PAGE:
Sunday, December 5, 2010


By: Mad Mike Benson
   "Shit that’s hot", I murmur as the coffee burns my upper lip. I set the beat up travel mug on the counter beside a stack of unpaid bills and open my fly-box to check inventory. With all the rabbit and sparkling flash it looks like a tornado ripped through a pet shop and a hobby lobby. After a quick head count I grab my rod and my coffee and head for the door. I’m met by the warm sticky heat of a South Carolina morning. The sun isn’t even up yet but I’m sweating by the time I cover the 20 feet to my truck. But the Air is still and the tide should be low around 8 AM giving me plenty of time to search the flats for Redfish that will also be taking advantage of the relative early morning coolness to crush shrimp and mullet against the oyster banks.
  It may not feel like it at the moment but there is change in the air. The summer is in her last heat filled death throws as she comes to an end. Fall is breathing down our necks with the promise of cooler weather and hungry fish. The summer has been long, and though I’ve spent some time on the water, my fishing time has fallen victim to too much work and boyfriend duties. But all things change. As fall ushers in the new season it brings with it hope that I can find some free time, and waste it poling along the marsh.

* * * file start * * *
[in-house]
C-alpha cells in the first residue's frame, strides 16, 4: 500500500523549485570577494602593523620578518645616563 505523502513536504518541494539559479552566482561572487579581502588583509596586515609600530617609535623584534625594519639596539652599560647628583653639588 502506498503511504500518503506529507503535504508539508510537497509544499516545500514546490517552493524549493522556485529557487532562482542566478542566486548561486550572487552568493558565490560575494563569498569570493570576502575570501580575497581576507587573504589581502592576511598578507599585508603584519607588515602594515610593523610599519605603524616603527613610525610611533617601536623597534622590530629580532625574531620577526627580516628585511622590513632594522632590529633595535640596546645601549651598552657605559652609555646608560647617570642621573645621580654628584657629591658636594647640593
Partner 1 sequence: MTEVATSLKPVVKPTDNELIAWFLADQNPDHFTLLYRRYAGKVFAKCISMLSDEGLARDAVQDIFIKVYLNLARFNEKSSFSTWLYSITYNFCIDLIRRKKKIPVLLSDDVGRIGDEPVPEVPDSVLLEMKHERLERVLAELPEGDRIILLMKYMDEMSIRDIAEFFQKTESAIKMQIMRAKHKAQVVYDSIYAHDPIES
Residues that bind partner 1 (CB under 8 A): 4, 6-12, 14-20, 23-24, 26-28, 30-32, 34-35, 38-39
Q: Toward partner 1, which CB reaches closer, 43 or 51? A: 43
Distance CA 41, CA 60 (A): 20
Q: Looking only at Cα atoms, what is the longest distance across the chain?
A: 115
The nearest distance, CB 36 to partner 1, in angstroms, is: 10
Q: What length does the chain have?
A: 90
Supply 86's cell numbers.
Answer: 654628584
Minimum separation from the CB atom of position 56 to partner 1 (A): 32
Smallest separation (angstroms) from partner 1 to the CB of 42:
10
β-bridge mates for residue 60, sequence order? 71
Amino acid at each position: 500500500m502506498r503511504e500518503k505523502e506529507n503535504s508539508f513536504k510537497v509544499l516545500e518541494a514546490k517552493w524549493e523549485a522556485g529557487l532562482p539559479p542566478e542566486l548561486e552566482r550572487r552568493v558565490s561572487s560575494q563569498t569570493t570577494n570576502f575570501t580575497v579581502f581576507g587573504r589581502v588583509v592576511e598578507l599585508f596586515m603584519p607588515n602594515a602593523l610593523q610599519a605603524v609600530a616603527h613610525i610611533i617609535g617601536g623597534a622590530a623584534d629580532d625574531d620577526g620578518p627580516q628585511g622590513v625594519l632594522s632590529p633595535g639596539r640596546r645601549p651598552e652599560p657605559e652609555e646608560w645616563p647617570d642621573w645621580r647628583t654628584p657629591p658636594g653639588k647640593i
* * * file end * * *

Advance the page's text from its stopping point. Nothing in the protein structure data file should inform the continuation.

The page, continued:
The water is like glass as we pull up to our first flat. Or at least it would be if the millions of mullet and shrimp would stay still. But I guess if I had a creature 100 times my size lying in wait for the chance to eat me, I would be moving too. As the morning progresses we find ourselves spectators to natures beauty, and the vicious game of life and death she hosts. Along the way we manage to catch a few fish. There’s not much talking between Brian and myself, no need really. The tide drops, then rises. The bait and reds seek the safety of the spartina, and our morning adventure comes to a close.
   Our world, like our lives is constantly changing. No one moment on the flats is like another. So we adapt, change our flies, our approach, or pack it up and move all together. It’s this constant game of adaptation I find so compelling about saltwater fishing, and it’s what keeps my attention. All things change, a fact I try to keep in perspective in fishing and my life. Sometimes I am successful, other times I have to shake off a bad decision and keep moving. But the seasons will continue to change, each bringing new challenges, but also bringing hope. Hope that I will be able to adapt, and succeed. The hope that I too can change


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  2. Great article Mike, felt like I was there...broke and surrounded by Low Country scenery so it wouldn't matter

  3. Good stuff. This is very similar to my writing style. Stumbled upon your blog today. Good stuff. I will "follow."

    The Average Joe Fisherman